When Immigration Matters

Updates on the EB-5 Program

Posted by Karen-Lee Pollak on Jan 3, 2023 11:56:12 AM

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Last March, the U.S. Senate implemented a new EB-5 visa policy after reauthorizing the Regional Center program as part of the Omnibus Spending Bill. The EB-5 Reform and Integrity Act of 2022 revises several important aspects of the program, which is now reauthorized until September 2027.

About the EB-5 Program

In 1990, Congress created the EB-5 Immigrant Investor Program to stimulate the U.S. economy through foreign investment and job creation. In order to qualify for the EB-5 program, immigrants must invest directly in job-creating businesses or through regional centers approved by USCIS to stimulate local economic growth. 

As of now, the EB-5 visa program is the only one available to foreign investors wishing to become lawful permanent residents.  Although the program lapsed in 2021, the new act has revived it and included important changes, many of which are detailed below.

Petition Filing Changes

Petitioners may now file their I-526 and I-485 petition for adjustment of status simultaneously, allowing the Petitioner and any family members to experience the benefits of permanent residence sooner. Previously, investors had to wait for I-526 approval before seeking to change their status. This benefit is only available to Petitioners and family members who have already entered the United States in some no immigrant status.  

Increased Investment Thresholds 

There has been an increase in the immigrant investment thresholds- from $500,000 to $800,000 for investments in rural or high unemployment areas (TEAs) and in investments in Regional Center projects.  In direct investment projects in regular areas that are not TEA the amount has increased from $1,000,000 to $1,050,000 outside of these targeted regions.

Statutory Definition of Targeted Employment Areas

There is now a statutory definition of TEAs, which now include infrastructure projects, rural projects, and high unemployment areas. Rural projects are those outside a major metropolitan area or within a community of 20,000 or more. High unemployment areas, which are designated by DHS, must have an unemployment rate of no less than 150% of the national average.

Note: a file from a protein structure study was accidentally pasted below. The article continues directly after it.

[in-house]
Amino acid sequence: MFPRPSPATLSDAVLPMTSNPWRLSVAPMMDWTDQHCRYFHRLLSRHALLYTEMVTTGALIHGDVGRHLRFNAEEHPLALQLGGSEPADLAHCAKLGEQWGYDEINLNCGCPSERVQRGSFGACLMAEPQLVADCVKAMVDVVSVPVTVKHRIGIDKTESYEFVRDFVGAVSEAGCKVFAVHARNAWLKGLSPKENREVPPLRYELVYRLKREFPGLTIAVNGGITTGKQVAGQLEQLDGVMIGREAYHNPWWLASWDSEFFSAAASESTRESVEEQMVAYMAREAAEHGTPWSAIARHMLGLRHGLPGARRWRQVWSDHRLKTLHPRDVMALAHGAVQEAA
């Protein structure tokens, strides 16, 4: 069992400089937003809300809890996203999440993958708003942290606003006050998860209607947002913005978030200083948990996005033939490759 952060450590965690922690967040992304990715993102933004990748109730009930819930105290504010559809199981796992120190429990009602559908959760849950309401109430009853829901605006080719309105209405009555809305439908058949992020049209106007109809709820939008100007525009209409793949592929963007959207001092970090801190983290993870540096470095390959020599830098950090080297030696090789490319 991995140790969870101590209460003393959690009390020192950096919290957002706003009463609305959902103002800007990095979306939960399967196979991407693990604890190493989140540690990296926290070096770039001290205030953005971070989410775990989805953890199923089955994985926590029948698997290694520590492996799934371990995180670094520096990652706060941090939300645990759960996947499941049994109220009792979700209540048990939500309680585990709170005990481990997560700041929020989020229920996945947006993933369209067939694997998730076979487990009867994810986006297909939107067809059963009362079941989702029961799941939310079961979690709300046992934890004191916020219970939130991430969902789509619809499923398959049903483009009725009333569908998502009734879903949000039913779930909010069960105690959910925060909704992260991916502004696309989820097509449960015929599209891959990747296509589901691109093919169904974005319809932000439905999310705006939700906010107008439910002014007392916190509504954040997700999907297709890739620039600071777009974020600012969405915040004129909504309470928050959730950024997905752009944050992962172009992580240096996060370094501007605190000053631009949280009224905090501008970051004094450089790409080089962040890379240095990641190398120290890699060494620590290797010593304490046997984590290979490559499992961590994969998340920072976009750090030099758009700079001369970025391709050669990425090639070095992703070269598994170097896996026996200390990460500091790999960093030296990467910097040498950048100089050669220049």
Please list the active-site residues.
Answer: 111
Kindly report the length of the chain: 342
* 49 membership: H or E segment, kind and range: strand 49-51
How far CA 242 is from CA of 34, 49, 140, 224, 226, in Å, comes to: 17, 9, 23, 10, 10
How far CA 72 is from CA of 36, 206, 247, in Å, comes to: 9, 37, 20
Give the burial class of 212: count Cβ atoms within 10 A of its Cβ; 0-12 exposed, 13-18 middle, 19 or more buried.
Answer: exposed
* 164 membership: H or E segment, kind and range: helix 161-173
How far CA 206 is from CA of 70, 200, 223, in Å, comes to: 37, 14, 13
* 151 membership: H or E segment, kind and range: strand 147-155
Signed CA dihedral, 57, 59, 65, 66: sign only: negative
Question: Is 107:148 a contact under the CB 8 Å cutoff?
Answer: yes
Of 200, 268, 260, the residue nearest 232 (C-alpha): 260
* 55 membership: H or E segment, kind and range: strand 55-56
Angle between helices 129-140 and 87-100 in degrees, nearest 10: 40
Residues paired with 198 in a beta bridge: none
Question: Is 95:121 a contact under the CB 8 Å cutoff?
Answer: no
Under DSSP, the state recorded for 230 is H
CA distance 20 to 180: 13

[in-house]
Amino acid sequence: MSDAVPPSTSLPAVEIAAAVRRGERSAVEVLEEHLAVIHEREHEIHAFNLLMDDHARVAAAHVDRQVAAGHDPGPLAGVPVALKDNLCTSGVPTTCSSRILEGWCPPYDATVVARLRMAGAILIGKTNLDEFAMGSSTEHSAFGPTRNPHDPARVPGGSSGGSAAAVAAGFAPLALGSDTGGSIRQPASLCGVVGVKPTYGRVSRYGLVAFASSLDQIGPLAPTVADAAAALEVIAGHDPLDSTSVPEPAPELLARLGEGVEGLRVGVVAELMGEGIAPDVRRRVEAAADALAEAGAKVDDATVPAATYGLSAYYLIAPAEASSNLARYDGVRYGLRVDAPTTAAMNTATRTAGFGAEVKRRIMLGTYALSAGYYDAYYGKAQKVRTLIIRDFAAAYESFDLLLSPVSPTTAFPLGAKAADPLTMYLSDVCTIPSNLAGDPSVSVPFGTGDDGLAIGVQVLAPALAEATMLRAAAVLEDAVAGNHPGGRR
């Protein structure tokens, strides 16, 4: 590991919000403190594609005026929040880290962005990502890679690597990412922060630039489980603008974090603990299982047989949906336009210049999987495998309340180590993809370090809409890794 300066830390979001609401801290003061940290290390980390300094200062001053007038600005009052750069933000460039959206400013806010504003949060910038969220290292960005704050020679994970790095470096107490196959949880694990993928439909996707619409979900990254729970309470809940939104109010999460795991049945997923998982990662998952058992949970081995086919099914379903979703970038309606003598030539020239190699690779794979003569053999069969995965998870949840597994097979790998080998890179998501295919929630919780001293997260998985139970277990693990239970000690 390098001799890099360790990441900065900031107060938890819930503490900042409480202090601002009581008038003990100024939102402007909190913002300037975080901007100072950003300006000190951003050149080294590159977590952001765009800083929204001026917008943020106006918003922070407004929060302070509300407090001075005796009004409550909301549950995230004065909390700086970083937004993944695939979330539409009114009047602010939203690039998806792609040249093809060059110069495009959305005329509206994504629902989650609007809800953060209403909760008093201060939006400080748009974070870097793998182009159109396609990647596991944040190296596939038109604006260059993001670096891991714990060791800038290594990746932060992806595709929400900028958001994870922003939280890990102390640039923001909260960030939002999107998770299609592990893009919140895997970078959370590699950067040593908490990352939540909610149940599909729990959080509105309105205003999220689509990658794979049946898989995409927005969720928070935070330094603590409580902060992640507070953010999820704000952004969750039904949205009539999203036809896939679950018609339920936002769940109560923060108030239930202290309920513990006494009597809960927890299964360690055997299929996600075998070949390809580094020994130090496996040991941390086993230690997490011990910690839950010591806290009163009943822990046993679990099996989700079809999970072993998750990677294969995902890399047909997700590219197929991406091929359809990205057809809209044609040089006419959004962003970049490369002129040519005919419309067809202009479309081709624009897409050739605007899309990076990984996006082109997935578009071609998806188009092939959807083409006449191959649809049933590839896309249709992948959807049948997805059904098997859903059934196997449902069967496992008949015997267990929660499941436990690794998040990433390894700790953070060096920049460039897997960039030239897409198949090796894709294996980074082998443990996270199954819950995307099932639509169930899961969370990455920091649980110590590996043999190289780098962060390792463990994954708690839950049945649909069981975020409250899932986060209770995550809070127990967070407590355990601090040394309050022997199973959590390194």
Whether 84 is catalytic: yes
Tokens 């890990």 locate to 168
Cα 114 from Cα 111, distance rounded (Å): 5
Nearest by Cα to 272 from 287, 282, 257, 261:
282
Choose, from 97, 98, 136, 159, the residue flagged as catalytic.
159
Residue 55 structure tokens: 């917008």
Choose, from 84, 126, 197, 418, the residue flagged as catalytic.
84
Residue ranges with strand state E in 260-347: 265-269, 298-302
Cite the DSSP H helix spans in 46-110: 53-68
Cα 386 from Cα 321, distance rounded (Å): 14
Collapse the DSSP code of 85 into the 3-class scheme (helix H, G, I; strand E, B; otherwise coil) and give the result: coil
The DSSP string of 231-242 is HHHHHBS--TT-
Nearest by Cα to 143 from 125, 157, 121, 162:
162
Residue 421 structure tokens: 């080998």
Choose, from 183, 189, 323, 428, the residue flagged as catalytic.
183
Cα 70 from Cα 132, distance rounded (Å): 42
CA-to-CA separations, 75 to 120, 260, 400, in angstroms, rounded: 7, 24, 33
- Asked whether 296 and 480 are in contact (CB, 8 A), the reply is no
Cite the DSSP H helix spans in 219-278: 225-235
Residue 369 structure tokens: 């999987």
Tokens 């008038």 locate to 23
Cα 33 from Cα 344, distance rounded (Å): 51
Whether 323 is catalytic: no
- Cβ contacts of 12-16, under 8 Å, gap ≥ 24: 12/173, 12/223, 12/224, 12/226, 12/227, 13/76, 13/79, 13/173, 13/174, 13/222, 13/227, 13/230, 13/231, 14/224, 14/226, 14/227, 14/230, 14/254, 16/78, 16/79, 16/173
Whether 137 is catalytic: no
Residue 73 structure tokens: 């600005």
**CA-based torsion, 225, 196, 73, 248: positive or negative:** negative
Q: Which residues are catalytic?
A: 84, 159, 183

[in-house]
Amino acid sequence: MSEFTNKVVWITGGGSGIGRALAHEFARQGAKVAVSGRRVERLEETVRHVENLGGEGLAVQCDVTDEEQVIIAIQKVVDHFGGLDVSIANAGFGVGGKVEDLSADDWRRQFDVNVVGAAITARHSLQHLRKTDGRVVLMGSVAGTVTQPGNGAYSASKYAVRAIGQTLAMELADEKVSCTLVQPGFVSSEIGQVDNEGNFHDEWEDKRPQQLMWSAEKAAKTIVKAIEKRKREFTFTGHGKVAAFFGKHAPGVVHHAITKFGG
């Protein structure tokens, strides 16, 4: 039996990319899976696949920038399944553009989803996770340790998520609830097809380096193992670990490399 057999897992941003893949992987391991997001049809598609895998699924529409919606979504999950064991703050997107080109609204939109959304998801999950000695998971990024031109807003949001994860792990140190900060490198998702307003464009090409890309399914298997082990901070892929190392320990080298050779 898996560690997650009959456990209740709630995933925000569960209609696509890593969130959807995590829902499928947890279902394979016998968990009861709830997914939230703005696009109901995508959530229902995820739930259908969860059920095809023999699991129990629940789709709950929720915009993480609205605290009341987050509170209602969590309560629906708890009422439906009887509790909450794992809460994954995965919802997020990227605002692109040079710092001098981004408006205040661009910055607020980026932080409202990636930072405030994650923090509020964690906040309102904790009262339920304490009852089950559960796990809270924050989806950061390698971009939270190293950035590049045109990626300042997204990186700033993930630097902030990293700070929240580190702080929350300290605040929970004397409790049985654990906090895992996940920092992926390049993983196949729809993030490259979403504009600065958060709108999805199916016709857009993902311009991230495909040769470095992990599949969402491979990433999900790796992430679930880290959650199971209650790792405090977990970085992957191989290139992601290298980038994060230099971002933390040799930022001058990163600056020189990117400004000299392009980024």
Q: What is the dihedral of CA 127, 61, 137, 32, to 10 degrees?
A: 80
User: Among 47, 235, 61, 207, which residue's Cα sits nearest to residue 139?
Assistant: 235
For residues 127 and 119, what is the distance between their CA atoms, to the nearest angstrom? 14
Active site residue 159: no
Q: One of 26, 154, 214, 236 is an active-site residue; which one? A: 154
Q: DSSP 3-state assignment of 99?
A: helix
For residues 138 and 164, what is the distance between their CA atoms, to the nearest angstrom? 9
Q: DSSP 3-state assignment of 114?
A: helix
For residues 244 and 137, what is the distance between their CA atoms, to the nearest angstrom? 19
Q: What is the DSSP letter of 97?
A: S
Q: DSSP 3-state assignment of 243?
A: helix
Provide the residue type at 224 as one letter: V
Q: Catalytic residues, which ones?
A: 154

Visa Set-Asides

20% of visas available under the Regional Center Program will be reserved for those investing in rural projects while 10% are for investors in high unemployment areas and 2% will go to those investing in infrastructure projects. Any visas left over from this 32% allotment will carry over to the next fiscal year.

Additional Protections for Investor Families

When a child of a principal investor turns 21, they do not age-out of their visa opportunity as long as they remain unmarried and the principal investor is approved as a permanent resident. A petition for the child to remain in the U.S. must be filed by the principal investor within one year after the child's conditional status ends.

New Security Measures

USCIS may now deny regional center business plans if applicants have committed fraud, criminality, or present a plan that can threaten national security. In addition, those convicted of crimes in the last decade, or civil fraud resulting in a liability exceeding $1 million, cannot apply for the EB5 program

As in past years, Investors must be able to prove that their investment funds come from legitimate sources.


Now that the regional center program has been reauthorized, applications that have been on hold are now being adjudicated and new EB-5 petitions can be filed for new investors.  

At Pollak, PLLC, we can assist you in confirming eligibility for the EB-5 program, filing your petition, and complying with legal requirements upon approval. If you have questions about these new program changes or would like to schedule a complimentary consultation, please contact our office today.

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